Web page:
I just finished binding my fifth sketchbook, and I think this time I finally got the thread tension just right – not too tight, not too loose, and consistent. Coptic stitch is not difficult to do (especially if you’re adept at hand sewing), but getting the tension right required more practice than I expected.
If you’re interested in learning the Coptic stitch, which is the binding method I use for all of my sketchbooks, you might want to look at some of the many instructions and tutorials available online in photos and videos. I use the instructions found in a book called Handmade Books and Cards, by Jean Kropper. The book seems to be out of print, but I found it in my public library. Some of the written instructions are a little confusing, but it is well-illustrated, and following the diagrams is probably the easiest way to understand the construction of the stitch.
It turns out that the Coptic stitch is considered to be one of the most difficult and advanced hand-stitched binding techniques. I didn’t know this when I decided to use it for my sketchbooks (I might have avoided it if I did); I chose it because I wanted to use a technique that involved only stitching and no adhesives, and I also wanted the pages to open completely flat. As an added benefit, I do like the way the exposed stitching looks on the spine. If you know of another binding method that meets those two criteria, I’d be open to trying something simpler. But so far, this is the only one I know of.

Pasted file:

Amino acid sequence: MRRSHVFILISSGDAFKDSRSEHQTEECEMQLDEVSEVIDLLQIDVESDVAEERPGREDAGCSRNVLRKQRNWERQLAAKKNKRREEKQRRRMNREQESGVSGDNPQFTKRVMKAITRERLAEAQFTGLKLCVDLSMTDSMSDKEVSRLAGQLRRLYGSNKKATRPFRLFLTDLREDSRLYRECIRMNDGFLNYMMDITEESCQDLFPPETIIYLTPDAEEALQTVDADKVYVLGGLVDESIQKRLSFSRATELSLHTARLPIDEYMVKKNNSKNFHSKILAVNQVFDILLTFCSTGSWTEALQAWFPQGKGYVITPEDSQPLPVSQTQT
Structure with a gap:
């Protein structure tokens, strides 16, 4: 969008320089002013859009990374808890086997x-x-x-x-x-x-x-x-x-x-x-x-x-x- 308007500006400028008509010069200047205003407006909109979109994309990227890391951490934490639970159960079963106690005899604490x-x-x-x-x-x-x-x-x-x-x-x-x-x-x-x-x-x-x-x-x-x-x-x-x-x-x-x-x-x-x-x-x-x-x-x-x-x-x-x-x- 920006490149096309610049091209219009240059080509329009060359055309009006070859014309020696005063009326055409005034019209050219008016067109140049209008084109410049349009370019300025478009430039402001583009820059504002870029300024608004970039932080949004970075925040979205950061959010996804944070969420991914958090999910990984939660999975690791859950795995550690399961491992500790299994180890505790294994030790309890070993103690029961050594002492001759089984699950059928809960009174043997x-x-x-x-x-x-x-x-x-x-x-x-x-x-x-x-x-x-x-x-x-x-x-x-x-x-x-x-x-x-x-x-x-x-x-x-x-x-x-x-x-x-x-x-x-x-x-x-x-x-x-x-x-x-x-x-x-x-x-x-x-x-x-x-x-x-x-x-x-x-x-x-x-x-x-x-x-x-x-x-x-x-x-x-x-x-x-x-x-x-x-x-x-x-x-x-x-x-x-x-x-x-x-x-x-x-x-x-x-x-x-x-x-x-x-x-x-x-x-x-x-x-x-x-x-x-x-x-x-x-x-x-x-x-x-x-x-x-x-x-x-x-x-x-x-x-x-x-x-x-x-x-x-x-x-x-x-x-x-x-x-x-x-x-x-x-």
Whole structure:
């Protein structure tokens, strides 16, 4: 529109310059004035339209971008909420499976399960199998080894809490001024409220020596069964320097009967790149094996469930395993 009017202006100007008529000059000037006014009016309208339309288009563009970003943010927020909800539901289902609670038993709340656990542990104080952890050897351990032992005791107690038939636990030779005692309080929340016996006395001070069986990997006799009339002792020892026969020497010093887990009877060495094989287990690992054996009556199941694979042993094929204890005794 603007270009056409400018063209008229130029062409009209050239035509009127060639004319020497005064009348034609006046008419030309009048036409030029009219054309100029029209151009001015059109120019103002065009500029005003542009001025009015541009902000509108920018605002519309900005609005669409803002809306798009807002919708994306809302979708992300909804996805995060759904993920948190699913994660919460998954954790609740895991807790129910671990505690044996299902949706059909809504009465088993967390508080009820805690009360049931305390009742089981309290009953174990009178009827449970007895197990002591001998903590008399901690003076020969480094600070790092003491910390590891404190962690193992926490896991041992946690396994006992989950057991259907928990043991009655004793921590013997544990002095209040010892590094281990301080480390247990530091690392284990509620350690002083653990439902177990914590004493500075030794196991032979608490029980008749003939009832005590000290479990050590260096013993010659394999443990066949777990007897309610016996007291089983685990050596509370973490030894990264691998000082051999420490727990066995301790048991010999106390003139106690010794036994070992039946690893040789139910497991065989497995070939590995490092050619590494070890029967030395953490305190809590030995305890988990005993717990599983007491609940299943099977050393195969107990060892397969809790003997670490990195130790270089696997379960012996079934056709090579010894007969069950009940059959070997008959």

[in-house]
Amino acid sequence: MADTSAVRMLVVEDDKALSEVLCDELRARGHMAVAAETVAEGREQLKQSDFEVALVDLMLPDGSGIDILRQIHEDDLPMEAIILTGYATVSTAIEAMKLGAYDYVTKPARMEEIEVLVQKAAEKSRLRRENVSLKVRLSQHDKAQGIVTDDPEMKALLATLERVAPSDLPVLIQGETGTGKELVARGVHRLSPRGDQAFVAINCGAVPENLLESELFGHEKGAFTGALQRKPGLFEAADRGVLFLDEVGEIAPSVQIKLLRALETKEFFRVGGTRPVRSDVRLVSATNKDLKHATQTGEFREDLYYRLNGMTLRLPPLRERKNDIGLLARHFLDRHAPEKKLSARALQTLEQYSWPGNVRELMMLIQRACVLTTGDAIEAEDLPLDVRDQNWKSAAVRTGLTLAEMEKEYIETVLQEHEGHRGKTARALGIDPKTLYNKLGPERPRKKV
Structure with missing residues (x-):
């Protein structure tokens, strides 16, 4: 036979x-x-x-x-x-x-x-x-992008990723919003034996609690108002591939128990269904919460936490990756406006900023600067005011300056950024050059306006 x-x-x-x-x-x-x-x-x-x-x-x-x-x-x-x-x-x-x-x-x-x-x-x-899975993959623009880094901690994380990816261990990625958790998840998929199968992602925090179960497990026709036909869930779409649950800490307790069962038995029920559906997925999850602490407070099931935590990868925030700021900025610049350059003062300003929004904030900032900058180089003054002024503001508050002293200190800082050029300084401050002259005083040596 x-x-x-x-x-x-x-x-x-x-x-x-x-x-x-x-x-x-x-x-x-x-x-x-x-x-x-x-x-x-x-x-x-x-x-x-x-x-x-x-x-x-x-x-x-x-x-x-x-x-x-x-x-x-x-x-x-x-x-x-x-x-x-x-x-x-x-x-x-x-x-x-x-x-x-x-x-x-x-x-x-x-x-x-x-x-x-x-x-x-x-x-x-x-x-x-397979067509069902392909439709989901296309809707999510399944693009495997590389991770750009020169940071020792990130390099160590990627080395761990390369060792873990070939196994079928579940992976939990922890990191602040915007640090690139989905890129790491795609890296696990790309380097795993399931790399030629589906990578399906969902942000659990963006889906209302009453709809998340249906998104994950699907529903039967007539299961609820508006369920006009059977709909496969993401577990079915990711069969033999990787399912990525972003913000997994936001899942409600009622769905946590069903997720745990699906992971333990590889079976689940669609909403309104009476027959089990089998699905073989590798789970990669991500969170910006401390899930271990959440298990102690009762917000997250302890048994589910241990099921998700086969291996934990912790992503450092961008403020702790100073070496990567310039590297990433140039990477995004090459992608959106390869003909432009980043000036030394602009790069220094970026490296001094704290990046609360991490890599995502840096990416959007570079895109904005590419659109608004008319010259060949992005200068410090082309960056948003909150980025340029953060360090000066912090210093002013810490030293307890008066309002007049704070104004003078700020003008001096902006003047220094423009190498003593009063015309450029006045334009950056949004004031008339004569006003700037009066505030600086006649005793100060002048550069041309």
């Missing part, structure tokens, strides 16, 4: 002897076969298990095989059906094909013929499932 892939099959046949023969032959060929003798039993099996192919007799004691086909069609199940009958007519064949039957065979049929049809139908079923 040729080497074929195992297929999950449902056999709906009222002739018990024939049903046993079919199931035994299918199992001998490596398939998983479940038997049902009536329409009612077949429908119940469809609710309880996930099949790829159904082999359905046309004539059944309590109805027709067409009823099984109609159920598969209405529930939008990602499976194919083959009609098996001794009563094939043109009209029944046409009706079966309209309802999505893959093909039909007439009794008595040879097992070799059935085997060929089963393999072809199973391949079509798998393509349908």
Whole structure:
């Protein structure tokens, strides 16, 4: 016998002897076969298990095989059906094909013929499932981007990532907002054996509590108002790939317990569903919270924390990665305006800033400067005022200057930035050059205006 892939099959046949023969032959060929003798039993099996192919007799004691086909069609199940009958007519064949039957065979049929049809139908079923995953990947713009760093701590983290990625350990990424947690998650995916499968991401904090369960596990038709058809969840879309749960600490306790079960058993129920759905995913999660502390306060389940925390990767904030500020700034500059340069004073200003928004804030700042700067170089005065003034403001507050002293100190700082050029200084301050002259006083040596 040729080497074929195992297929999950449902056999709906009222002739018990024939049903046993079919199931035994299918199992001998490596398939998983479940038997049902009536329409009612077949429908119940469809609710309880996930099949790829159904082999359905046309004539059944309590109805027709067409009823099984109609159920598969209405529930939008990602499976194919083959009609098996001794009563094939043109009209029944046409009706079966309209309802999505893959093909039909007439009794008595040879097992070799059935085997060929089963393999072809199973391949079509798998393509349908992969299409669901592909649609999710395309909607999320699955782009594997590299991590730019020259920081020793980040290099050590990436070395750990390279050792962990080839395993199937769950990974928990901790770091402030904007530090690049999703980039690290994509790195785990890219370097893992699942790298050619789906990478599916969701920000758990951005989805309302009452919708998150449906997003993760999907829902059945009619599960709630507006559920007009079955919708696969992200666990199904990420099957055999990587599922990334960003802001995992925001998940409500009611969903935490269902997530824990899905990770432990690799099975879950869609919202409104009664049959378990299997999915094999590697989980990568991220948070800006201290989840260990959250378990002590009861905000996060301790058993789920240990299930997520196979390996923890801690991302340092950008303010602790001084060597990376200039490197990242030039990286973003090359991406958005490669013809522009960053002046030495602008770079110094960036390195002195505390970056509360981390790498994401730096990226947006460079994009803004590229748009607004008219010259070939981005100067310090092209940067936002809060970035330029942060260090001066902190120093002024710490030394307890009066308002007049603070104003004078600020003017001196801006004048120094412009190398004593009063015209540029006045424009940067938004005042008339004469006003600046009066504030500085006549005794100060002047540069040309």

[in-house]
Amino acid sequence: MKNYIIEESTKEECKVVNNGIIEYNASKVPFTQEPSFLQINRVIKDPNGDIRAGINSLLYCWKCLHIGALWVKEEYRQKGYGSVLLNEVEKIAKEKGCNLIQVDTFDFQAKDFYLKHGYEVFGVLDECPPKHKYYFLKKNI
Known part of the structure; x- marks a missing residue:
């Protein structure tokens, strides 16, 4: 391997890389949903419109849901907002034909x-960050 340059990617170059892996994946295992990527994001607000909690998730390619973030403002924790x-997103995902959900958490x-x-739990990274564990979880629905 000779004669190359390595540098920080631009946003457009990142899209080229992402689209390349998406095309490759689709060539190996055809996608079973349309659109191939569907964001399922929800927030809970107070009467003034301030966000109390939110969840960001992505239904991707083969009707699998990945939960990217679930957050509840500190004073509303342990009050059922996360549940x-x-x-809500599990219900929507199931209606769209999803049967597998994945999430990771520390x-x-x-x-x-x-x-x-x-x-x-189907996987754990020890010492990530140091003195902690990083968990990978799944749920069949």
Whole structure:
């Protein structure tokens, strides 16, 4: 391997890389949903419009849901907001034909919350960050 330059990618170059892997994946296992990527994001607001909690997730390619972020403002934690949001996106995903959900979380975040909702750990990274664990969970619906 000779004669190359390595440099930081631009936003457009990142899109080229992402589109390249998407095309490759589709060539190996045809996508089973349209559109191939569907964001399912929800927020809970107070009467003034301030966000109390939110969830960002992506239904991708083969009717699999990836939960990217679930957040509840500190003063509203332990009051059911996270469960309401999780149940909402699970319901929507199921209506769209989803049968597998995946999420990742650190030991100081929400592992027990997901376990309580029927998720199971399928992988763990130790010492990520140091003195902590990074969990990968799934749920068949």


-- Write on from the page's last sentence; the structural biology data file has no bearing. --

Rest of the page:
Now that I’ve settled on using 140-pound paper, I think the format I used in this last sketchbook is the one I’ll stick with for a while: three folded sheets per signature, six signatures bound together into a volume, yielding a 72-page sketchbook. Since there’s no show-through at all with 140-pound paper, I sketch on both sides of the page (I always have, even with 100-pound Stillman & Birn paper, though I sometimes regretted it when scanning a page revealed darker lines or paint on the opposite side).